The server will run until interrupted, and will exit with -1 as a status in the case of an unrecoverable error.

  7. If everything has worked correctly, start the SuperPET editor and try

     di host./

    You should get a directory listing of the root directory of the server.

    Other file operations in the editor (such as ‘get’ and ‘put’) should now work as well.

Notes and limitations:

This program is © Rob Ferguson, 2013, and made available under the BSD 2-clause license. See the LICENSE file included in the distribution for details.

  1. The details of this are described in Chapters 6 and 8 of the SuperPET System Overview manual.

  2. Waterloo used the name HOSTCM interchangeably to refer to both the program running on the server and the communication protocol it implemented. For clarity, I’ll use the modifiers “client”, “server”, and “protocol” as needed.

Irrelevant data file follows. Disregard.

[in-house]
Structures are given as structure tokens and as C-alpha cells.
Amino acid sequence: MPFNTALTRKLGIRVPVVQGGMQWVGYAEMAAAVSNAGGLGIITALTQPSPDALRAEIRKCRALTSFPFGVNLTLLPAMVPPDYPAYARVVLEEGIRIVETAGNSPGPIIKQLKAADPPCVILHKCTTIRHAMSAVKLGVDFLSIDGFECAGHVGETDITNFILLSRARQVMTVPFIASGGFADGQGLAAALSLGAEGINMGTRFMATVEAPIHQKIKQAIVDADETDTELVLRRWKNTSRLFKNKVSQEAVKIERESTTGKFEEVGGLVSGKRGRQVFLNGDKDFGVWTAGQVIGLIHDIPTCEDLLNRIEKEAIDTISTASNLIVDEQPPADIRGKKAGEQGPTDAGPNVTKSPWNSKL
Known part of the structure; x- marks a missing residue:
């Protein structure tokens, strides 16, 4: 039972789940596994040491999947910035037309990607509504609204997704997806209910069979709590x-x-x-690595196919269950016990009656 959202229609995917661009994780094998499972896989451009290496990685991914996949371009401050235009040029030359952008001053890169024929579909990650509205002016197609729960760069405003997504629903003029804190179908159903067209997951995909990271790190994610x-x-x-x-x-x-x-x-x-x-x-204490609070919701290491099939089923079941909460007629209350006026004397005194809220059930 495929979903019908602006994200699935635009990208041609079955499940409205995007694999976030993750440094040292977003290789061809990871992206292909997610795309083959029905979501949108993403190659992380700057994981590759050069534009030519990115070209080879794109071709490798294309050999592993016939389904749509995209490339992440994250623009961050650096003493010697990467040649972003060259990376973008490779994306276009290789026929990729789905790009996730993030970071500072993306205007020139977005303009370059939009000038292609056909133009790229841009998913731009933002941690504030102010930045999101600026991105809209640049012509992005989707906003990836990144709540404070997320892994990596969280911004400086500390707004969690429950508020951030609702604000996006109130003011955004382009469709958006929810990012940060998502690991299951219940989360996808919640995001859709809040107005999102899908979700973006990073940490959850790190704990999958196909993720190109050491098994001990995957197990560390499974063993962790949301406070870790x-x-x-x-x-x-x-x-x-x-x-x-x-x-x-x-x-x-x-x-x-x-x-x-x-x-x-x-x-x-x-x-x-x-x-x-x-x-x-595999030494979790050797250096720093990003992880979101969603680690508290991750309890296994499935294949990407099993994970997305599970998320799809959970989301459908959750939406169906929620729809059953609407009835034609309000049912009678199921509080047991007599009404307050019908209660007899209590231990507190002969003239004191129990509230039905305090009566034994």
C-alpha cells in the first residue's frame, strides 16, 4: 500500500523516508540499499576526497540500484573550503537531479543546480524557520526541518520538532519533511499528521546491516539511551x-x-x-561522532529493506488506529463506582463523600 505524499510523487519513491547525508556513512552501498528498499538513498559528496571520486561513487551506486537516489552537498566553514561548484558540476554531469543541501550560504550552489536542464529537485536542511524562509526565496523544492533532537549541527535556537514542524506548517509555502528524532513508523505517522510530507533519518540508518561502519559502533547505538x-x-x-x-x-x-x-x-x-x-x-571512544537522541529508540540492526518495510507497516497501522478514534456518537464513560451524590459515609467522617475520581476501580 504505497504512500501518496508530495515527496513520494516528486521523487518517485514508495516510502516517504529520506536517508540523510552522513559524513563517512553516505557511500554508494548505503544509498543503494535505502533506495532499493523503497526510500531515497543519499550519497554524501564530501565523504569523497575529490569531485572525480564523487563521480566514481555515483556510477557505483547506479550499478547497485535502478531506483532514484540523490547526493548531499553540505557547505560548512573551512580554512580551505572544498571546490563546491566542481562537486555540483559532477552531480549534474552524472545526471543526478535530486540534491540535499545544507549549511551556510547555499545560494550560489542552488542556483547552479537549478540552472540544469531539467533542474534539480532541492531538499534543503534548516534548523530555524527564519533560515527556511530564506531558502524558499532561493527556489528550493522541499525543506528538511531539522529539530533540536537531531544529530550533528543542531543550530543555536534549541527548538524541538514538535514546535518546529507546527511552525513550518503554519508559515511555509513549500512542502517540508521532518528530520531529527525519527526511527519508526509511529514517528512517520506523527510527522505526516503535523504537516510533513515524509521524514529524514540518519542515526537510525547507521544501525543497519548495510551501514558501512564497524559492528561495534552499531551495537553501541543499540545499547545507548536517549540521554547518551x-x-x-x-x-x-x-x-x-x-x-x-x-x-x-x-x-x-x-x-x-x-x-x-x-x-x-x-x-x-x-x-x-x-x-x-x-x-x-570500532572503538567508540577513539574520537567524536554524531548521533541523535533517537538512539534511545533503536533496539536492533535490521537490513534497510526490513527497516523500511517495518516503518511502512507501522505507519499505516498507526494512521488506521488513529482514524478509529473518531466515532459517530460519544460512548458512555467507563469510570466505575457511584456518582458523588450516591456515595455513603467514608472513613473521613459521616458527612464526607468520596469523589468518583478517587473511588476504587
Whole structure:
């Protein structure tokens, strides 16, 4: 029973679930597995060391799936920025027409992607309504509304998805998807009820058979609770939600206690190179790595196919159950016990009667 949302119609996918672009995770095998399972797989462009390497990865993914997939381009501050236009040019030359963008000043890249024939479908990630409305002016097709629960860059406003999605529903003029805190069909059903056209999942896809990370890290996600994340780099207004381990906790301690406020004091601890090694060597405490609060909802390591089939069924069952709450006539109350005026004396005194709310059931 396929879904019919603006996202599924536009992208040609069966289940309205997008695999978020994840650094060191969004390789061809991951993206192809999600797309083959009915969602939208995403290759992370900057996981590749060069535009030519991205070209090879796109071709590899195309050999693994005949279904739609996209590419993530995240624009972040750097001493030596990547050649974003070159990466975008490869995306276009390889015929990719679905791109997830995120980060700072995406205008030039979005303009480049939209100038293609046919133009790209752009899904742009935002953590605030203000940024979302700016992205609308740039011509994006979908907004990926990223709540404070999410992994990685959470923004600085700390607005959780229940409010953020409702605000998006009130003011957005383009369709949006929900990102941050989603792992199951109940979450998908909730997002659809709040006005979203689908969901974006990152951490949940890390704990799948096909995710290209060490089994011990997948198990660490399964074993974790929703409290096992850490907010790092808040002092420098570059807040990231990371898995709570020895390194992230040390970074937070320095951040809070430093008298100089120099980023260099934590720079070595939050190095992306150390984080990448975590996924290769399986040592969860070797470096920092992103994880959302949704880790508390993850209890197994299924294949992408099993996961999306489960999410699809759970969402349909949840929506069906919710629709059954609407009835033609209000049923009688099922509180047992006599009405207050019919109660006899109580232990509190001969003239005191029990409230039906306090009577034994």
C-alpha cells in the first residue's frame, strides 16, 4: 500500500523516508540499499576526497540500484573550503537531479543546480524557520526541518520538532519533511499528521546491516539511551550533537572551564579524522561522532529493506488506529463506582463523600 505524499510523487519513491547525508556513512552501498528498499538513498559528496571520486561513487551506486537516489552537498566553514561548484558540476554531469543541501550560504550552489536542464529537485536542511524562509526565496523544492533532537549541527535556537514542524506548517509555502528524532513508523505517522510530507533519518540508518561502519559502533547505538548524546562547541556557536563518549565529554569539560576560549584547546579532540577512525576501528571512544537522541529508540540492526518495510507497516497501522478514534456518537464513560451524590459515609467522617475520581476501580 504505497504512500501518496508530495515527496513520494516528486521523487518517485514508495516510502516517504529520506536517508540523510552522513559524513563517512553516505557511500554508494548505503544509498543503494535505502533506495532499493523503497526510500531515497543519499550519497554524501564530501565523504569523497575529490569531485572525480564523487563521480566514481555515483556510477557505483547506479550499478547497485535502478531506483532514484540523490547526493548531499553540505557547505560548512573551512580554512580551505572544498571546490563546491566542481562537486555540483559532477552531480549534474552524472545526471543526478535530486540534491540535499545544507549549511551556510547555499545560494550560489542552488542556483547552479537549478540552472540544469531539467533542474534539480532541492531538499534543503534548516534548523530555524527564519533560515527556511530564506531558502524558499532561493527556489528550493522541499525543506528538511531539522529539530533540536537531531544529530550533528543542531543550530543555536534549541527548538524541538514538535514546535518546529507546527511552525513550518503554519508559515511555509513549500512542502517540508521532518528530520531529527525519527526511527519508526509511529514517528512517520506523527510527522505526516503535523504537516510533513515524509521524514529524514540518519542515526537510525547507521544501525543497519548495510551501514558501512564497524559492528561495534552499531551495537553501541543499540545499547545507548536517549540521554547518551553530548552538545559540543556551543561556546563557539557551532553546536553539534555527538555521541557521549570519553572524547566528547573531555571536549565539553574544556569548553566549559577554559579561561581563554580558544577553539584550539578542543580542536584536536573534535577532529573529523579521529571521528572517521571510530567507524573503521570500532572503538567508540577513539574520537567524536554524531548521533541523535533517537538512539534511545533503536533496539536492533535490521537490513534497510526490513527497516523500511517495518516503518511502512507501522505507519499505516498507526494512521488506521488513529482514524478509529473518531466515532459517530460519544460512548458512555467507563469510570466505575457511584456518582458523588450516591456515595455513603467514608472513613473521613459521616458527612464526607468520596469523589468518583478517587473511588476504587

3. There were documents describing the protocol available from WATCOM, but I have been unable to find a copy (see a contemporary reference here).

  4. See F.D. Boswell . et al, “System Overview: IBM Personal Computer - DOS”, Waterloo, Ont: WATFAC, 1982, chapters 2 and 3.

  5. D.D. Cowan, F.D. Boswell, and T. R. Grove, “A Distributed File-Server for a Personal Computer Network”, UW Computer Science Research Report CS-84-54, December 1984.

    Even though the report doesn’t mention HOSTCM explicitly, Professor Cowan and others from CSG have confirmed to me that HOSTCM was used as the transport protocol between the workstations and the Series/1 minicomputers (see Figure 1 on page 16 of the report).

—   30 April 2013
(tags: SuperPET, retrocomputing, HOSTCM, software)